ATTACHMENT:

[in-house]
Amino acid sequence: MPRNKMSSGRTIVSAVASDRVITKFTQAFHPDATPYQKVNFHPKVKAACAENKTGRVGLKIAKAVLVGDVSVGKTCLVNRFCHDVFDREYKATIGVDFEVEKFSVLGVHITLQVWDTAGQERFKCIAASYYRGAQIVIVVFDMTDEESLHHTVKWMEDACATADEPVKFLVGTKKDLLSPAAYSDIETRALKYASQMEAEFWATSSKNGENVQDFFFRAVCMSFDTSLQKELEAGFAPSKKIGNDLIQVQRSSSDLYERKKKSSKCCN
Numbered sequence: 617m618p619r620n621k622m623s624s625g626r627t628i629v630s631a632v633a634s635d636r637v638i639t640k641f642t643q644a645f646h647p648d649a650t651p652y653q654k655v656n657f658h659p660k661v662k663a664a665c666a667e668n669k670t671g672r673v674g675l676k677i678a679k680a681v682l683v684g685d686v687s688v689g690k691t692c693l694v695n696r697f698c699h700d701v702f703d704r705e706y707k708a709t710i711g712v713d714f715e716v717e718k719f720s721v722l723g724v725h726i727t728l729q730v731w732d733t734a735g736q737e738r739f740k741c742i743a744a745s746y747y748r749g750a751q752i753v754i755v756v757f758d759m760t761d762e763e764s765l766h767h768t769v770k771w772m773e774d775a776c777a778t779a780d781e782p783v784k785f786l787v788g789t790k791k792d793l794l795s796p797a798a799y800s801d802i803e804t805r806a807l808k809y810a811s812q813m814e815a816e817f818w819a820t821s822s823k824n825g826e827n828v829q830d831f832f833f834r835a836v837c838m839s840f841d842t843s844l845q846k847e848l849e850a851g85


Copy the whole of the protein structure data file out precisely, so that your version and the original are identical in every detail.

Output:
[in-house]
Amino acid sequence: MPRNKMSSGRTIVSAVASDRVITKFTQAFHPDATPYQKVNFHPKVKAACAENKTGRVGLKIAKAVLVGDVSVGKTCLVNRFCHDVFDREYKATIGVDFEVEKFSVLGVHITLQVWDTAGQERFKCIAASYYRGAQIVIVVFDMTDEESLHHTVKWMEDACATADEPVKFLVGTKKDLLSPAAYSDIETRALKYASQMEAEFWATSSKNGENVQDFFFRAVCMSFDTSLQKELEAGFAPSKKIGNDLIQVQRSSSDLYERKKKSSKCCN
Numbered sequence: 617m618p619r620n621k622m623s624s625g626r627t628i629v630s631a632v633a634s635d636r637v638i639t640k641f642t643q644a645f646h647p648d649a650t651p652y653q654k655v656n657f658h659p660k661v662k663a664a665c666a667e668n669k670t671g672r673v674g675l676k677i678a679k680a681v682l683v684g685d686v687s688v689g690k691t692c693l694v695n696r697f698c699h700d701v702f703d704r705e706y707k708a709t710i711g712v713d714f715e716v717e718k719f720s721v722l723g724v725h726i727t728l729q730v731w732d733t734a735g736q737e738r739f740k741c742i743a744a745s746y747y748r749g750a751q752i753v754i755v756v757f758d759m760t761d762e763e764s765l766h767h768t769v770k771w772m773e774d775a776c777a778t779a780d781e782p783v784k785f786l787v788g789t790k791k792d793l794l795s796p797a798a799y800s801d802i803e804t805r806a807l808k809y810a811s812q813m814e815a816e817f818w819a820t821s822s823k824n825g826e827n828v829q830d831f832f833f834r835a836v837c838m839s840f841d842t843s844l845q846k847e848l849e850a851g85